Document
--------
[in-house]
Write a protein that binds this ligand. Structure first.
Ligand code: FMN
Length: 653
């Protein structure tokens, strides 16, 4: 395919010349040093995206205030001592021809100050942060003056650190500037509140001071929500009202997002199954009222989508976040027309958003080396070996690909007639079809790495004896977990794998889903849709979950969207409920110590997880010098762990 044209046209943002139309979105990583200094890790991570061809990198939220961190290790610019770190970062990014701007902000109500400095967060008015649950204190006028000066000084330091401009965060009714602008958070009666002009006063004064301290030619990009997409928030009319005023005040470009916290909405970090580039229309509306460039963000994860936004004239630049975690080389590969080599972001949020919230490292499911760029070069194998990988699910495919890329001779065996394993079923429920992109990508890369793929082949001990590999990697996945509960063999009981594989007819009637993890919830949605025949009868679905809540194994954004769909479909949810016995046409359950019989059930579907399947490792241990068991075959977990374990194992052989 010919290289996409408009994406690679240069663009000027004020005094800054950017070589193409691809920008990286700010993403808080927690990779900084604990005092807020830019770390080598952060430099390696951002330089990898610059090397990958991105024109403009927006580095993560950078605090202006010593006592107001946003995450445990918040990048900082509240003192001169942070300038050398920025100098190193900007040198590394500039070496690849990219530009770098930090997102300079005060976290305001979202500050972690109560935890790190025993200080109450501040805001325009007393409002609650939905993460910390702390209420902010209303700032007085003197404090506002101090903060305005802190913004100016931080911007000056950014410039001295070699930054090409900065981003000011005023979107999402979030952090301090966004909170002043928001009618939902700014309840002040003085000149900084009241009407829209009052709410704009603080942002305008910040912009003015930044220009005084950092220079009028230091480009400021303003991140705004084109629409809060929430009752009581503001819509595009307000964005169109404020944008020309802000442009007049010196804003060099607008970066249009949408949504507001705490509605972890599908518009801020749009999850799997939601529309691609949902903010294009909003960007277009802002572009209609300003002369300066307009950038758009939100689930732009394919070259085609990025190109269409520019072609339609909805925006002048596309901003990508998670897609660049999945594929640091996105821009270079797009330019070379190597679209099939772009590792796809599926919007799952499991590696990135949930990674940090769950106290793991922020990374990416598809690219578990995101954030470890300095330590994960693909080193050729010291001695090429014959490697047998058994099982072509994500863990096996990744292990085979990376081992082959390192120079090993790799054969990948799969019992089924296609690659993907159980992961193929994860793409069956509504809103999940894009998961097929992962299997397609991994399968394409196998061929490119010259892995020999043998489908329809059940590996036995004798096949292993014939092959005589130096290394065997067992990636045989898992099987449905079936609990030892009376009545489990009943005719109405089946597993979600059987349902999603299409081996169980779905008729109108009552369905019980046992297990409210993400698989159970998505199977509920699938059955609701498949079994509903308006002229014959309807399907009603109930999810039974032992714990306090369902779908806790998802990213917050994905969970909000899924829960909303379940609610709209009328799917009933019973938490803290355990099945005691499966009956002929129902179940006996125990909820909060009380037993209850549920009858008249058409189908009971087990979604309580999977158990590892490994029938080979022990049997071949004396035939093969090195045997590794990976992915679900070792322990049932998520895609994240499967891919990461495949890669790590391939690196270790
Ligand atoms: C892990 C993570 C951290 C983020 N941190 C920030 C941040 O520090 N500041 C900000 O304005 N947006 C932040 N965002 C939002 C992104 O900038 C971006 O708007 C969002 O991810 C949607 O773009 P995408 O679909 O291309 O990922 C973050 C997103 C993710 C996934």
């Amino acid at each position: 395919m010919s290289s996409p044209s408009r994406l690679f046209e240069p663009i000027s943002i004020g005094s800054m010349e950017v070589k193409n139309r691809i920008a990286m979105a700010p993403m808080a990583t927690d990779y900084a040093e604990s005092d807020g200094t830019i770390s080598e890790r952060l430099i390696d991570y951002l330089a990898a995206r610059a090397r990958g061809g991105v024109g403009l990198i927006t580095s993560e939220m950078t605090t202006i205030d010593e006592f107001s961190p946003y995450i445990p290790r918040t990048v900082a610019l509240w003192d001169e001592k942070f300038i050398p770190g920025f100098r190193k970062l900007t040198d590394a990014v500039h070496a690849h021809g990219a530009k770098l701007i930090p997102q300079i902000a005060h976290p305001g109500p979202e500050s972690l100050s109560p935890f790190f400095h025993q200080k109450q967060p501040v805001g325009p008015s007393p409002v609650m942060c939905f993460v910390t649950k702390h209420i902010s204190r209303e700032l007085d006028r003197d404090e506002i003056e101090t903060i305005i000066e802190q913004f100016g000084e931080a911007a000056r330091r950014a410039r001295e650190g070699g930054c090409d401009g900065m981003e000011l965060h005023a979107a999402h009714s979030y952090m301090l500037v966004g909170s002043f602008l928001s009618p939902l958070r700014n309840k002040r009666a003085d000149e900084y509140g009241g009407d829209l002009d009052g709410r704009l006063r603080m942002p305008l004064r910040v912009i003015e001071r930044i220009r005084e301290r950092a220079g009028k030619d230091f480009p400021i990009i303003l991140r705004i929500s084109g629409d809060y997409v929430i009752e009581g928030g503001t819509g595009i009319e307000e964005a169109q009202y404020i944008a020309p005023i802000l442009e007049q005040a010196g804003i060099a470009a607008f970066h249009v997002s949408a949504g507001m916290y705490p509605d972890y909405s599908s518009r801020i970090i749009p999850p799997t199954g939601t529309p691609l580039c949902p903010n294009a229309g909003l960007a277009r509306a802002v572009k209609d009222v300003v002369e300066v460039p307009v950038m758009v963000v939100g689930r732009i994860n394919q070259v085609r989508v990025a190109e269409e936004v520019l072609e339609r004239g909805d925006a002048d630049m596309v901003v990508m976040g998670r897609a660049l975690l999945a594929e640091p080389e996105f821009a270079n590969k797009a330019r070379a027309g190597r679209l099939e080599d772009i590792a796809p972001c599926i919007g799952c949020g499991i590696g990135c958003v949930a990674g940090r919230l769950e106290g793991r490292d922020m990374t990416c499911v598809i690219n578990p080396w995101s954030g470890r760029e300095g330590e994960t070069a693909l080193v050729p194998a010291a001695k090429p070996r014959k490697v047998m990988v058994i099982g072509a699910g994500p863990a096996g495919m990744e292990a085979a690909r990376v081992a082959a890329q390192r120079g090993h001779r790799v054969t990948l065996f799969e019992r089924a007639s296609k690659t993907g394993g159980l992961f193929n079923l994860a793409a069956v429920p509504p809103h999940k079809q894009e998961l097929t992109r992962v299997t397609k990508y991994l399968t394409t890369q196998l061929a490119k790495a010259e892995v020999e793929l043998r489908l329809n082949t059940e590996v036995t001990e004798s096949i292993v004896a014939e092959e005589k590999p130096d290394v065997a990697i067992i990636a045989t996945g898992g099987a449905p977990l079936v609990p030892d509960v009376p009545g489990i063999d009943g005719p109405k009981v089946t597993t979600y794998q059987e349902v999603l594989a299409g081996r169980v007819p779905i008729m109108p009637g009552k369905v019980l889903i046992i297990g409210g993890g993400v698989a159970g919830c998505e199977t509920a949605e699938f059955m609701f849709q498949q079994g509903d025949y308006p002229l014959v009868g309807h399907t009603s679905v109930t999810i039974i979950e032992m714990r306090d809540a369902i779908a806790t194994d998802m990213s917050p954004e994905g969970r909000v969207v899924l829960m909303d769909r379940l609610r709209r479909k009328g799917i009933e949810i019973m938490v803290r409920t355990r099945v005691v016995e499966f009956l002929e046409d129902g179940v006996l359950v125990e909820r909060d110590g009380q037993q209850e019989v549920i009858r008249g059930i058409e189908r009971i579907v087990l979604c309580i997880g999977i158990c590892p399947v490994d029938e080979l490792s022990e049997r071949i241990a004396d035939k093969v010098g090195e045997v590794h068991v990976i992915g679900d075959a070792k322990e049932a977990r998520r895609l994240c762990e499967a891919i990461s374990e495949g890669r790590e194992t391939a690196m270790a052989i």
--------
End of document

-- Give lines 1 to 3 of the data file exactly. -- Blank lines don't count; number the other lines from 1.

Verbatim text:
[in-house]
Write a protein that binds this ligand. Structure first.
Ligand code: FMN